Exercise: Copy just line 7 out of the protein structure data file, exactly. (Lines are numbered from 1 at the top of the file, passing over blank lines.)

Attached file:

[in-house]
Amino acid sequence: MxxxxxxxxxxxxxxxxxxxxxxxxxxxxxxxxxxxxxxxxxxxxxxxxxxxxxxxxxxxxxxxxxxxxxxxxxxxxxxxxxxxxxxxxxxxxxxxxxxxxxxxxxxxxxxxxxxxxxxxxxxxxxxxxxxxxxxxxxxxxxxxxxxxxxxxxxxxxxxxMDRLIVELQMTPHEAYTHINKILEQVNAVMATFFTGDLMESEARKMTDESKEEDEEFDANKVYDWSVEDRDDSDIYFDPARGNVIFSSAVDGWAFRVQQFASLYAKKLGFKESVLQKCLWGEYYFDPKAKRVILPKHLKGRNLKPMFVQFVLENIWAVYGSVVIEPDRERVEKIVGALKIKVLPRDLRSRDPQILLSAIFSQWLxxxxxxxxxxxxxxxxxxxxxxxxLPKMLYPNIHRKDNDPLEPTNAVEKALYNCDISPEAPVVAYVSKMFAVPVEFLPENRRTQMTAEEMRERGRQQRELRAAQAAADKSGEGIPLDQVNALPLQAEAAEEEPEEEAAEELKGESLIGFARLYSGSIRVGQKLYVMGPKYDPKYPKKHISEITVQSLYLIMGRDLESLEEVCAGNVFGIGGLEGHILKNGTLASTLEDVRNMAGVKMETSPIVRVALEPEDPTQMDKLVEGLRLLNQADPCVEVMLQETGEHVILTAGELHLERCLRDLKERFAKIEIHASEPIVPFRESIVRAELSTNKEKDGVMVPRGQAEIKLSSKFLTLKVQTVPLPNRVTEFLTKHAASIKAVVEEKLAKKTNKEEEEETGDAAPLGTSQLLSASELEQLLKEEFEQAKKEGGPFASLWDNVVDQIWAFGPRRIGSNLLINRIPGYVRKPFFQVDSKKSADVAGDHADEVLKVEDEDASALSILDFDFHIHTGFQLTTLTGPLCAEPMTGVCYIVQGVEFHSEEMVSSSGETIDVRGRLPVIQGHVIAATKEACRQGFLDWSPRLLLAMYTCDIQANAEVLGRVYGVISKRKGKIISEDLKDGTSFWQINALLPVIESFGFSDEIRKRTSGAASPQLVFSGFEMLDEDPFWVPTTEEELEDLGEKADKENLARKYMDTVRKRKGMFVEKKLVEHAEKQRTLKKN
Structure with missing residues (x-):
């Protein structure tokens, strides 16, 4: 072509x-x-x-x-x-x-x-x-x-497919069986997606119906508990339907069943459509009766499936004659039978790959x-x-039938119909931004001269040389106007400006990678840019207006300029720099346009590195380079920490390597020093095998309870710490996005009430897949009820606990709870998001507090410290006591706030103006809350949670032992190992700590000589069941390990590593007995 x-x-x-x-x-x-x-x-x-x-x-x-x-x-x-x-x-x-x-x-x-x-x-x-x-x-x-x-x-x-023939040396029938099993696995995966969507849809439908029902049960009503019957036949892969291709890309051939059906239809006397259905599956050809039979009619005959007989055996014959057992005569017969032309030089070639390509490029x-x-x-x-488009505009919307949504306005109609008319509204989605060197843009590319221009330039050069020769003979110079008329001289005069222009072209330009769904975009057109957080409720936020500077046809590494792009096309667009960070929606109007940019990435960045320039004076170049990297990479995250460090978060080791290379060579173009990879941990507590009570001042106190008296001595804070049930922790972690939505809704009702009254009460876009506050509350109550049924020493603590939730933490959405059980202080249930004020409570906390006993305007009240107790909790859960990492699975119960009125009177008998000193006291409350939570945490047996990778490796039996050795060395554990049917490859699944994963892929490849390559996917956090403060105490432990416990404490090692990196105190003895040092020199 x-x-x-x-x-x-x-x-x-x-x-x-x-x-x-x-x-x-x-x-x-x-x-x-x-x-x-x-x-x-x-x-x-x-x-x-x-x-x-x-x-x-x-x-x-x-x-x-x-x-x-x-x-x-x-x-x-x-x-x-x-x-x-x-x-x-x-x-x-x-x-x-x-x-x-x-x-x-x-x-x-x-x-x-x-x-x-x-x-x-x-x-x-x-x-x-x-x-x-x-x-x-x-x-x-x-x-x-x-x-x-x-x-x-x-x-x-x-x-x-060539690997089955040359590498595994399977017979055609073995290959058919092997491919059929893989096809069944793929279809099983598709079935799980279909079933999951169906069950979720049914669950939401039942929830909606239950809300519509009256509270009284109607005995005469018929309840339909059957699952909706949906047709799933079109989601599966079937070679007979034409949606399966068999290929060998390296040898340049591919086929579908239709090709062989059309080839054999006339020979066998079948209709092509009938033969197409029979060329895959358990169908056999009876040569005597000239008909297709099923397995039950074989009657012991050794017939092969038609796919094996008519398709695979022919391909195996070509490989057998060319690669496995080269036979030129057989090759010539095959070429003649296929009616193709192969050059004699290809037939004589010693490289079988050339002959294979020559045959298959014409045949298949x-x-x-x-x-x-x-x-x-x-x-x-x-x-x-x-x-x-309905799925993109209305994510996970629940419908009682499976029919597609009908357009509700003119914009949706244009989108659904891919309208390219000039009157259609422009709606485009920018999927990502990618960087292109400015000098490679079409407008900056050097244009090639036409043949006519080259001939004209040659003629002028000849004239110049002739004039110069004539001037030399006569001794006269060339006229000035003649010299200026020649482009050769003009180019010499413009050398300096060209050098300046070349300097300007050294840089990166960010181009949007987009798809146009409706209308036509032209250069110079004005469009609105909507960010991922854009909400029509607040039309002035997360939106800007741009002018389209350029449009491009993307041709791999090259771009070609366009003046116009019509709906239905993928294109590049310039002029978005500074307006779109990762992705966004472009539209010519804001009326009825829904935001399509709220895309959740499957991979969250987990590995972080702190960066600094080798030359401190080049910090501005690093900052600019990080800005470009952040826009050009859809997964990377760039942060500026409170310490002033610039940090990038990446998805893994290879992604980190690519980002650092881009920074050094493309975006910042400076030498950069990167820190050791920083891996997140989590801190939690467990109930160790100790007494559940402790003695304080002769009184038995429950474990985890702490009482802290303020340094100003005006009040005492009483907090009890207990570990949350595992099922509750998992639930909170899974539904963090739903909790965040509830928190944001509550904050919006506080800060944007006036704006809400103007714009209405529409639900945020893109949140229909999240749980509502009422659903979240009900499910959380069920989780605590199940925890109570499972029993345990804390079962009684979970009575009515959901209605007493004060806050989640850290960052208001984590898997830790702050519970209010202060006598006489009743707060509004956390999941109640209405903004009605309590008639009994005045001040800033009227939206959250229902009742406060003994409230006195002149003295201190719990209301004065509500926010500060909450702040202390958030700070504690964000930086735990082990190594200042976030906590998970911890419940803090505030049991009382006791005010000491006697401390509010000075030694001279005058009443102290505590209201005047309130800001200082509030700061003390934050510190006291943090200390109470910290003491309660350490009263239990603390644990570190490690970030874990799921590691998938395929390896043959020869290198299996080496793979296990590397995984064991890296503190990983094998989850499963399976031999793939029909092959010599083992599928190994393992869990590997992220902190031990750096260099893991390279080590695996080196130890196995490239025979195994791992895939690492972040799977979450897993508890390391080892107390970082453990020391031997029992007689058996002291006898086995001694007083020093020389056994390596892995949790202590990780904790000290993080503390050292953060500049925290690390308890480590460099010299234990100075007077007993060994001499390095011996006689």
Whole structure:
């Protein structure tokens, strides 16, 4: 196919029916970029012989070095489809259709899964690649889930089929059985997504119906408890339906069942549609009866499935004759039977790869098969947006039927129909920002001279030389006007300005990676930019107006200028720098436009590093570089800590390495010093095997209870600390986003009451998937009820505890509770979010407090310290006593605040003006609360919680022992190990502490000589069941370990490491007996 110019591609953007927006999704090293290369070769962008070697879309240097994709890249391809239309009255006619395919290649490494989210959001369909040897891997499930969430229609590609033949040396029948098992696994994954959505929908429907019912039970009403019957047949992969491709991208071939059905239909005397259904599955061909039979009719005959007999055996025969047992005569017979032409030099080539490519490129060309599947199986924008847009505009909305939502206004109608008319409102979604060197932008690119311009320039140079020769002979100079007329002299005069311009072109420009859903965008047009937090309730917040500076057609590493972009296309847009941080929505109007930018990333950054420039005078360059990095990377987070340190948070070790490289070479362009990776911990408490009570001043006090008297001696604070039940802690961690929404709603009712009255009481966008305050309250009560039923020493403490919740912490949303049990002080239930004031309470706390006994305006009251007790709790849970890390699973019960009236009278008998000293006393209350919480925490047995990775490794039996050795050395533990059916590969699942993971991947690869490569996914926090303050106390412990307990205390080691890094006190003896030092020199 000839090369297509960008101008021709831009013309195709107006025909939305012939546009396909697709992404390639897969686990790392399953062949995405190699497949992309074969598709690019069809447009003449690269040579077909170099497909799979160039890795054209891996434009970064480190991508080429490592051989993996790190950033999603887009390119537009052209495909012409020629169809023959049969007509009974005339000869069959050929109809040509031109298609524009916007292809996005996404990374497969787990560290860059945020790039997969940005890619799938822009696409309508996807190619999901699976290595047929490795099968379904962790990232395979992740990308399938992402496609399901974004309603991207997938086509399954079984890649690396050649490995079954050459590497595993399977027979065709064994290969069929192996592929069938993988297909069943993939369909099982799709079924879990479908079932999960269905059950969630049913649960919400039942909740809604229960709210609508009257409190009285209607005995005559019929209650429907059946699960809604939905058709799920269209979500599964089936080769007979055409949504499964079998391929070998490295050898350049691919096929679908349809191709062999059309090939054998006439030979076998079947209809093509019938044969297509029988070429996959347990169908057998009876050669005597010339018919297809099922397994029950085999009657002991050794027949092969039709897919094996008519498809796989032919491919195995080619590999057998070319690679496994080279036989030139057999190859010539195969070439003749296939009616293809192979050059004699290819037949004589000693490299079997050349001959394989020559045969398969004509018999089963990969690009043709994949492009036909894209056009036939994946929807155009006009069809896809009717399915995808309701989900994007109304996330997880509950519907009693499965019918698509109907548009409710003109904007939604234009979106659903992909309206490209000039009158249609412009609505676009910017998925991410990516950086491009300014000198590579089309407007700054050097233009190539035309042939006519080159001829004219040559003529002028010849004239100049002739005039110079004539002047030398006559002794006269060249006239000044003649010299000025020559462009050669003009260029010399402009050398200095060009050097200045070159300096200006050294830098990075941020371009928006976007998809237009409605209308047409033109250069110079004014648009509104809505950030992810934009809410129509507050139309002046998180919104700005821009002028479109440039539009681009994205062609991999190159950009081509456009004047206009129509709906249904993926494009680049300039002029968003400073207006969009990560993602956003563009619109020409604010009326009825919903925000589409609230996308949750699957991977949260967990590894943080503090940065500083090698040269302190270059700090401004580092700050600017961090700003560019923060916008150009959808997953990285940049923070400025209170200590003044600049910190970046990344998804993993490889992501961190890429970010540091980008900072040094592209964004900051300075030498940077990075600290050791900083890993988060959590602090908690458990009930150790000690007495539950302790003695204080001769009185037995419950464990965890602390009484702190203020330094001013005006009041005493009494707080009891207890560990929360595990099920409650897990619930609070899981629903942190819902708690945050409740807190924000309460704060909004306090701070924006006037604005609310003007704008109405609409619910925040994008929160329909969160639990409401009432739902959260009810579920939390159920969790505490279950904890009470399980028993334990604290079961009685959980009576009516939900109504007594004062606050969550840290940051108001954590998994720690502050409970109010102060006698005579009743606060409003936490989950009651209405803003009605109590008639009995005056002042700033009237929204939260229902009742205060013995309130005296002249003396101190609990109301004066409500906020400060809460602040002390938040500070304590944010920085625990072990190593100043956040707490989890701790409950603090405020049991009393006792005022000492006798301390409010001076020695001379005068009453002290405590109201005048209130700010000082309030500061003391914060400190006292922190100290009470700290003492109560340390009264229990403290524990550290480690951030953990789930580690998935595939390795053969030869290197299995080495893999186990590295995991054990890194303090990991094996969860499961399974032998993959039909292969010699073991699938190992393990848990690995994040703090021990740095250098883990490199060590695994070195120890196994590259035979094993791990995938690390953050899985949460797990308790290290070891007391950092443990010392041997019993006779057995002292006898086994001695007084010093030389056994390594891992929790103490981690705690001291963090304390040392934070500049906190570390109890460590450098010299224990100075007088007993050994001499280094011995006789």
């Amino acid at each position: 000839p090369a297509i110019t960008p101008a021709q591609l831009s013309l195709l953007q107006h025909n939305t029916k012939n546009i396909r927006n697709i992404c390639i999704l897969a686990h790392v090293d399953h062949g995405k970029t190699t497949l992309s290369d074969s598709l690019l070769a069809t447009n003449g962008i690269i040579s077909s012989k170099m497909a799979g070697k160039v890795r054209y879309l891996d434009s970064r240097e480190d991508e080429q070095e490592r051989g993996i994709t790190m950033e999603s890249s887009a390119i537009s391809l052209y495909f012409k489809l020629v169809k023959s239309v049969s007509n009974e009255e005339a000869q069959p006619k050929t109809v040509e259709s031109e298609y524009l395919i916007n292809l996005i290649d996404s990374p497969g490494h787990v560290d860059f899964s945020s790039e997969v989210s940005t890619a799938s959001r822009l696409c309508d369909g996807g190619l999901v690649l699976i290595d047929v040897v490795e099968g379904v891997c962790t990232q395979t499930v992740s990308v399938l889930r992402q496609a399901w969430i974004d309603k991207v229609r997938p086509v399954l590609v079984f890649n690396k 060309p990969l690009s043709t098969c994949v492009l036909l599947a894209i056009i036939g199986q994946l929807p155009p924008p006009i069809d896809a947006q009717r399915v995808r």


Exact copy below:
């Amino acid at each position: 000839p090369a297509i110019t960008p101008a021709q591609l831009s013309l195709l953007q107006h025909n939305t029916k012939n546009i396909r927006n697709i992404c390639i999704l897969a686990h790392v090293d399953h062949g995405k970029t190699t497949l992309s290369d074969s598709l690019l070769a069809t447009n003449g962008i690269i040579s077909s012989k170099m497909a799979g070697k160039v890795r054209y879309l891996d434009s970064r240097e480190d991508e080429q070095e490592r051989g993996i994709t790190m950033e999603s890249s887009a390119i537009s391809l052209y495909f012409k489809l020629v169809k023959s239309v049969s007509n009974e009255e005339a000869q069959p006619k050929t109809v040509e259709s031109e298609y524009l395919i916007n292809l996005i290649d996404s990374p497969g490494h787990v560290d860059f899964s945020s790039e997969v989210s940005t890619a799938s959001r822009l696409c309508d369909g996807g190619l999901v690649l699976i290595d047929v040897v490795e099968g379904v891997c962790t990232q395979t499930v992740s990308v399938l889930r992402q496609a399901w969430i974004d309603k991207v229609r997938p086509v399954l590609v079984f890649n690396k 060309p990969l690009s043709t098969c994949v492009l036909l599947a894209i056009i036939g199986q994946l929807p155009p924008p006009i069809d896809a947006q009717r399915v995808r």